Vitamin B7 (Biotin) It is a vitamin of group B, is water soluble.
In almost all products, biotin can be found, however, these are very small doses. The greatest amount of vitamin B7 is found in eggs, mushrooms, spinach, tomatoes, peanuts, legumes, yeast, cauliflower, kidneys and liver.
The microflora of the human intestine itself is capable of synthesizing vitamin B7, but for this it must be completely healthy. Therefore, the consumption of food and special additives that normalize microflora can indirectly affect the production of biotin.
The role of vitamin B7 in the body
- Provides healthy skin, prevents dryness and peeling
- Prevents brittle hair and nails
- Diabetes Benefits
- Normalizes the work of the stomach and intestines
- Normalizes "bad" blood cholesterol
- Actively involved in many processes. metabolism in the body
- Important for tendon health
- Sources of Vitamin B7
Indications for use
- Peeling and dry skin
- Hair problems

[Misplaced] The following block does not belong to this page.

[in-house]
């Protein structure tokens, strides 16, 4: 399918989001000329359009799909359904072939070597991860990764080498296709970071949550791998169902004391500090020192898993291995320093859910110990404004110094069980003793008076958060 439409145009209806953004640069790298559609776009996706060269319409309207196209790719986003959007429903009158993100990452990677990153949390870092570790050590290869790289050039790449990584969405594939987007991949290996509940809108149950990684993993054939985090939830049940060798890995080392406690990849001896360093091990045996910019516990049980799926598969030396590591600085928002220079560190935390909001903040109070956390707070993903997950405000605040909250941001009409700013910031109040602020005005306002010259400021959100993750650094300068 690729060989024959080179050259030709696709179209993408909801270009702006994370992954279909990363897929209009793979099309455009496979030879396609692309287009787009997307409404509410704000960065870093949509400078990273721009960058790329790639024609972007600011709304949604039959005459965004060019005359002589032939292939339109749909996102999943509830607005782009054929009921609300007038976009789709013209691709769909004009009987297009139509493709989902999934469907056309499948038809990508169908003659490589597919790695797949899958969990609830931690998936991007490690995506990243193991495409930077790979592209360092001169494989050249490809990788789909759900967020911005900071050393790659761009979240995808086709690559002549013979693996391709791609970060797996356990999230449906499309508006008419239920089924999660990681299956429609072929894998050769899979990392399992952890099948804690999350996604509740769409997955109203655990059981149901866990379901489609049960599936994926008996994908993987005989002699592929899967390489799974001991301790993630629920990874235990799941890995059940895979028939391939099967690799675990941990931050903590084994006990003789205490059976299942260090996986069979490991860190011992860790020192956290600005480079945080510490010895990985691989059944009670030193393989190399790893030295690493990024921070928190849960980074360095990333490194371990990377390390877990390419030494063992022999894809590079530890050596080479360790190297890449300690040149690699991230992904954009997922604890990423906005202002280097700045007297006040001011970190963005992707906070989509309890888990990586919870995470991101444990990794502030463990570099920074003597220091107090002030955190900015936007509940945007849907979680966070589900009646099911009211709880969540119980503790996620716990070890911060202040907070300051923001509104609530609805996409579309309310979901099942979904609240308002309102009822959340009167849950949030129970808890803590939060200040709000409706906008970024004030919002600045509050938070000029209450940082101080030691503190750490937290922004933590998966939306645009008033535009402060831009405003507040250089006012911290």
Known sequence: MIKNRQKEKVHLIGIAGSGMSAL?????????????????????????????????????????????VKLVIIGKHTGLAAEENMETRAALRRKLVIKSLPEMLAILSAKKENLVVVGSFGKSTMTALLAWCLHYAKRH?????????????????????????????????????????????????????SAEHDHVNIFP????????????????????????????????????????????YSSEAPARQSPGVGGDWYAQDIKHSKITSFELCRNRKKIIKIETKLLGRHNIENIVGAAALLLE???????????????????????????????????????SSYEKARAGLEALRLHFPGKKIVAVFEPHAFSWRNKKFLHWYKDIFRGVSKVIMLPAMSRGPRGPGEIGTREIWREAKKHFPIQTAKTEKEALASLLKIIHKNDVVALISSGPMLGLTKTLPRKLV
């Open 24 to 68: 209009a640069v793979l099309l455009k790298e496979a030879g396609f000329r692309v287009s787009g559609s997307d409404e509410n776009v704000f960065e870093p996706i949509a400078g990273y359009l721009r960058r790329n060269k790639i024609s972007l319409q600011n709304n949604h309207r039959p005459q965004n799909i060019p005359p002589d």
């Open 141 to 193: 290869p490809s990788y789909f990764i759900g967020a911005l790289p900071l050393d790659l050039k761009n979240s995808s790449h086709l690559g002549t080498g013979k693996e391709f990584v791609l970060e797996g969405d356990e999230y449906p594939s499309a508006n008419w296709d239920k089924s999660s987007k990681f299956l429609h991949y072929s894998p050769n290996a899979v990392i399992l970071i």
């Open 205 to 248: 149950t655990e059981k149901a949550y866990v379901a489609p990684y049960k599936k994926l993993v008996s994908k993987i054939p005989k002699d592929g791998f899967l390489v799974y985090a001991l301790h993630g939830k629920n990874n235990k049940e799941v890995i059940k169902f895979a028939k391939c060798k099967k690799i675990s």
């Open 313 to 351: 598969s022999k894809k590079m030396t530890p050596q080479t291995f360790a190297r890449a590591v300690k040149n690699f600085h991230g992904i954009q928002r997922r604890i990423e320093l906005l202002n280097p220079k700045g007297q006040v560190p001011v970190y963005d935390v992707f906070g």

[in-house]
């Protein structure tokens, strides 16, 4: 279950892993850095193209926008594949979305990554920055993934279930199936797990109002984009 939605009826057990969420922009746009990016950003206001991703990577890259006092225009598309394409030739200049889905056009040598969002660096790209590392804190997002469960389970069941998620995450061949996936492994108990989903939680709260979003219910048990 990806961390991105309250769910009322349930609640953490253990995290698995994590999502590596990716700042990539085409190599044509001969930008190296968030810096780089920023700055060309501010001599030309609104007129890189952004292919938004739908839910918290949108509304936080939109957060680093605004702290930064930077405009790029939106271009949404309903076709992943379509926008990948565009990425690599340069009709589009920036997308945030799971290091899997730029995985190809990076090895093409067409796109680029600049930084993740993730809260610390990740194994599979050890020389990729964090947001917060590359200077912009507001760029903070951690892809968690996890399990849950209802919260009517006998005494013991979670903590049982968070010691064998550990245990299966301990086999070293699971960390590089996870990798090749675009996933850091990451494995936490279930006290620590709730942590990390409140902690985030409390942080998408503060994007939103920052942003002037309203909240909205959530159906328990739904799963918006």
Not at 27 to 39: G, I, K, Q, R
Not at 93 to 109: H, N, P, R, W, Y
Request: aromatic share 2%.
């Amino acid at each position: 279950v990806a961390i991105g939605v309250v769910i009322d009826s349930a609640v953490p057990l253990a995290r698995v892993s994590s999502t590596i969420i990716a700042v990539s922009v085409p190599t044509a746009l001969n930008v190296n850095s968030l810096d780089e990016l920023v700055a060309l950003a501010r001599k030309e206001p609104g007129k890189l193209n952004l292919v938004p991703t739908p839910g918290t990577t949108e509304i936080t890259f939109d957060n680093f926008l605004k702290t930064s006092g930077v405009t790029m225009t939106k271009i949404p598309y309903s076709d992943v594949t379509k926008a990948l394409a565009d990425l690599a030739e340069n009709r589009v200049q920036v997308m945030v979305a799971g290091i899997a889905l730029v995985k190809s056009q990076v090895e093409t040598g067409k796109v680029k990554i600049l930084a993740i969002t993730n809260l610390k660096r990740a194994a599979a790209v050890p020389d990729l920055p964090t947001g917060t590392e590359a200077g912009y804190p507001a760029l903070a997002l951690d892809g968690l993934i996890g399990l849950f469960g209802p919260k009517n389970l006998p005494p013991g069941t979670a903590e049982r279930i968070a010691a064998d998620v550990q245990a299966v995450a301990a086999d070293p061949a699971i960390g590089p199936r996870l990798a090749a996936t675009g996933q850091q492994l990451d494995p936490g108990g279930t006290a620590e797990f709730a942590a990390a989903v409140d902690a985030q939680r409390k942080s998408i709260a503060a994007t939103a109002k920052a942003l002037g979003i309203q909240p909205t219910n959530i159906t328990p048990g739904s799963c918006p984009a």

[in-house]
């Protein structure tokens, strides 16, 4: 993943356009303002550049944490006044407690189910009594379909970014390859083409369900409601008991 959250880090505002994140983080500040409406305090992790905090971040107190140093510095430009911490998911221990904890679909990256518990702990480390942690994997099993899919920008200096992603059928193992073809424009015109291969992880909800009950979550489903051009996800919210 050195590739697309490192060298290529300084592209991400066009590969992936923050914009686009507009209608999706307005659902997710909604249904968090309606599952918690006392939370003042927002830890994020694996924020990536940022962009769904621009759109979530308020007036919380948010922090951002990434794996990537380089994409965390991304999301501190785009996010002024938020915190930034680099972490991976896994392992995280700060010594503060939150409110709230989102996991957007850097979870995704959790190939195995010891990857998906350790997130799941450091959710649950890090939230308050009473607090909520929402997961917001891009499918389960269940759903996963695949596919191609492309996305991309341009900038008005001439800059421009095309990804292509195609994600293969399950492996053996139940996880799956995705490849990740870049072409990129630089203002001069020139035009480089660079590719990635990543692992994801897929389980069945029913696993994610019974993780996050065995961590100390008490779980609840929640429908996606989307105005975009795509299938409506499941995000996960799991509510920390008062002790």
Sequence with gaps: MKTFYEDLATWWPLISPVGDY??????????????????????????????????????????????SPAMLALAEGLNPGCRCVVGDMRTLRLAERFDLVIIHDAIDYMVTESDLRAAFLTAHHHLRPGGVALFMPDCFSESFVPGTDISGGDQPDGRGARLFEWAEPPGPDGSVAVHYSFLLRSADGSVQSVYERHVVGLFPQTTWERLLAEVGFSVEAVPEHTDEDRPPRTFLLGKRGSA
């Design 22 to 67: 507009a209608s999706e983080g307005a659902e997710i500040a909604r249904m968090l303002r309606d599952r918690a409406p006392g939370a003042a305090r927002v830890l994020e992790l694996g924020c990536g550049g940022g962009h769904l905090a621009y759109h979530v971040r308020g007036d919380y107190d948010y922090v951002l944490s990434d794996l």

- Used for central nervous system disorders
- With severe drowsiness
The upper norm of consumption for this vitamin has not been established, while it is believed that for an adult, the optimal dose is 50 micrograms per day, for children from 10 micrograms, gradually reaching the adult dose as they grow older. The body is not able to accumulate biotin, and the use of alcohol and some medicines reduces its concentration in the body.
- Depression and drowsiness
- Nausea and loss of appetite
- Growth slowdown
- Deteriorating hair health
- Muscle weakness and soreness
- Lesions of the legs and arms
- Dry skin and its unhealthy appearance